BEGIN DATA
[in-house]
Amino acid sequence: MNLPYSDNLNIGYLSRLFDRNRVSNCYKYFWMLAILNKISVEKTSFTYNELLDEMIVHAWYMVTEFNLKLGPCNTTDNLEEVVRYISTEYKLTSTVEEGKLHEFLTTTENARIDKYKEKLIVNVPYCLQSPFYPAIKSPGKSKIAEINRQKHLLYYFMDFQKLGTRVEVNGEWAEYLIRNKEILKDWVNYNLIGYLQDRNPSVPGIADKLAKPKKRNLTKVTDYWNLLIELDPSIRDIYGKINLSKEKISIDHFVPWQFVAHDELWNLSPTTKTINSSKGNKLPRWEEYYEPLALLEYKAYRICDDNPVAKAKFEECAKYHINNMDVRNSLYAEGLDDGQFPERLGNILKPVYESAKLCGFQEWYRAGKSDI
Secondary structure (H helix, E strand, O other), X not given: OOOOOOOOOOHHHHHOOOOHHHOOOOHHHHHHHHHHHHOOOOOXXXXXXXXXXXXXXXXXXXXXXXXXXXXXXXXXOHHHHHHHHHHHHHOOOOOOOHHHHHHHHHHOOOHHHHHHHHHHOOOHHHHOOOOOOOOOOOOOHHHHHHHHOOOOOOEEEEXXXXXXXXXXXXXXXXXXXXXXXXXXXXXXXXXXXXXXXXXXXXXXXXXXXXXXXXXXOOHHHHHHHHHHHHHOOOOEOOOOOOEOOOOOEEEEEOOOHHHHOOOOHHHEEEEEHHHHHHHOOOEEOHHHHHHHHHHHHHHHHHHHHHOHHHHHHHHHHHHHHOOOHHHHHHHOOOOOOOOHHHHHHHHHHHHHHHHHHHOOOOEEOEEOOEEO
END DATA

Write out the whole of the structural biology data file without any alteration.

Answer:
[in-house]
Amino acid sequence: MNLPYSDNLNIGYLSRLFDRNRVSNCYKYFWMLAILNKISVEKTSFTYNELLDEMIVHAWYMVTEFNLKLGPCNTTDNLEEVVRYISTEYKLTSTVEEGKLHEFLTTTENARIDKYKEKLIVNVPYCLQSPFYPAIKSPGKSKIAEINRQKHLLYYFMDFQKLGTRVEVNGEWAEYLIRNKEILKDWVNYNLIGYLQDRNPSVPGIADKLAKPKKRNLTKVTDYWNLLIELDPSIRDIYGKINLSKEKISIDHFVPWQFVAHDELWNLSPTTKTINSSKGNKLPRWEEYYEPLALLEYKAYRICDDNPVAKAKFEECAKYHINNMDVRNSLYAEGLDDGQFPERLGNILKPVYESAKLCGFQEWYRAGKSDI
Secondary structure (H helix, E strand, O other), X not given: OOOOOOOOOOHHHHHOOOOHHHOOOOHHHHHHHHHHHHOOOOOXXXXXXXXXXXXXXXXXXXXXXXXXXXXXXXXXOHHHHHHHHHHHHHOOOOOOOHHHHHHHHHHOOOHHHHHHHHHHOOOHHHHOOOOOOOOOOOOOHHHHHHHHOOOOOOEEEEXXXXXXXXXXXXXXXXXXXXXXXXXXXXXXXXXXXXXXXXXXXXXXXXXXXXXXXXXXOOHHHHHHHHHHHHHOOOOEOOOOOOEOOOOOEEEEEOOOHHHHOOOOHHHEEEEEHHHHHHHOOOEEOHHHHHHHHHHHHHHHHHHHHHOHHHHHHHHHHHHHHOOOHHHHHHHOOOOOOOOHHHHHHHHHHHHHHHHHHHOOOOEEOEEOOEEO